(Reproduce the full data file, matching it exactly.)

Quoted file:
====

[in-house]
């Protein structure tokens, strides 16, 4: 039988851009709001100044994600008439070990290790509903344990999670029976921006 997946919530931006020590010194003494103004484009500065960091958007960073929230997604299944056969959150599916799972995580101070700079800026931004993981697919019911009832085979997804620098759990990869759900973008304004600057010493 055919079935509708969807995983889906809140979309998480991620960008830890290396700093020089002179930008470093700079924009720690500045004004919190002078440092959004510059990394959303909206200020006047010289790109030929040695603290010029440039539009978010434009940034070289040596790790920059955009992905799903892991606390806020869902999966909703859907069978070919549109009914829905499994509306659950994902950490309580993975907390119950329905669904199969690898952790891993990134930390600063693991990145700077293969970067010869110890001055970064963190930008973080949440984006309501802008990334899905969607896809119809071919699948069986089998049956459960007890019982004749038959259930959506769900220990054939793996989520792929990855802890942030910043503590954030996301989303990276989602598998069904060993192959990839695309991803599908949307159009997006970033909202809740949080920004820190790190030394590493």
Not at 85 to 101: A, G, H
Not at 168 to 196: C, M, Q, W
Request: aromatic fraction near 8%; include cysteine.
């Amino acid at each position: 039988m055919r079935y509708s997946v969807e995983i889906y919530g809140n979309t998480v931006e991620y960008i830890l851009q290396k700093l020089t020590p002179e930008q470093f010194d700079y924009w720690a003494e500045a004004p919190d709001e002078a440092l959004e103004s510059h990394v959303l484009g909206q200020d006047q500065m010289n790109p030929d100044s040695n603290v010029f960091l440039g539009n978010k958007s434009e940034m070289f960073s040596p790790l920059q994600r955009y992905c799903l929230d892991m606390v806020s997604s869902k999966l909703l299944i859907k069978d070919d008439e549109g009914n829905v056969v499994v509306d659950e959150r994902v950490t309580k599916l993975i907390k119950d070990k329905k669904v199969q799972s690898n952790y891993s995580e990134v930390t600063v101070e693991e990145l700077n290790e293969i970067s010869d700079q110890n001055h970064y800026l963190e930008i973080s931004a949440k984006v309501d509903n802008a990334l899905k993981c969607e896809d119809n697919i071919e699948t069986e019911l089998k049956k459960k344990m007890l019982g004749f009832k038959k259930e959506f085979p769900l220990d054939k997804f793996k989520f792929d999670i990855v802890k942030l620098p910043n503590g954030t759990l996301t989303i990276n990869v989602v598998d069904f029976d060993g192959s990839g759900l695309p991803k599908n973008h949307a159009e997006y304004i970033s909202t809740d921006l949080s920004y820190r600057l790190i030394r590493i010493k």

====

[in-house]
């Protein structure tokens, strides 16, 4: 039988851009709001100044994600008439070990290790509903344990999670029976921006 997946919530931006020590010194003494103004484009500065960091958007960073929230997604299944056969959150599916799972995580101070700079800026931004993981697919019911009832085979997804620098759990990869759900973008304004600057010493 055919079935509708969807995983889906809140979309998480991620960008830890290396700093020089002179930008470093700079924009720690500045004004919190002078440092959004510059990394959303909206200020006047010289790109030929040695603290010029440039539009978010434009940034070289040596790790920059955009992905799903892991606390806020869902999966909703859907069978070919549109009914829905499994509306659950994902950490309580993975907390119950329905669904199969690898952790891993990134930390600063693991990145700077293969970067010869110890001055970064963190930008973080949440984006309501802008990334899905969607896809119809071919699948069986089998049956459960007890019982004749038959259930959506769900220990054939793996989520792929990855802890942030910043503590954030996301989303990276989602598998069904060993192959990839695309991803599908949307159009997006970033909202809740949080920004820190790190030394590493």
Not at 85 to 101: A, G, H
Not at 168 to 196: C, M, Q, W
Request: aromatic fraction near 8%; include cysteine.
């Amino acid at each position: 039988m055919r079935y509708s997946v969807e995983i889906y919530g809140n979309t998480v931006e991620y960008i830890l851009q290396k700093l020089t020590p002179e930008q470093f010194d700079y924009w720690a003494e500045a004004p919190d709001e002078a440092l959004e103004s510059h990394v959303l484009g909206q200020d006047q500065m010289n790109p030929d100044s040695n603290v010029f960091l440039g539009n978010k958007s434009e940034m070289f960073s040596p790790l920059q994600r955009y992905c799903l929230d892991m606390v806020s997604s869902k999966l909703l299944i859907k069978d070919d008439e549109g009914n829905v056969v499994v509306d659950e959150r994902v950490t309580k599916l993975i907390k119950d070990k329905k669904v199969q799972s690898n952790y891993s995580e990134v930390t600063v101070e693991e990145l700077n290790e293969i970067s010869d700079q110890n001055h970064y800026l963190e930008i973080s931004a949440k984006v309501d509903n802008a990334l899905k993981c969607e896809d119809n697919i071919e699948t069986e019911l089998k049956k459960k344990m007890l019982g004749f009832k038959k259930e959506f085979p769900l220990d054939k997804f793996k989520f792929d999670i990855v802890k942030l620098p910043n503590g954030t759990l996301t989303i990276n990869v989602v598998d069904f029976d060993g192959s990839g759900l695309p991803k599908n973008h949307a159009e997006y304004i970033s909202t809740d921006l949080s920004y820190r600057l790190i030394r590493i010493k």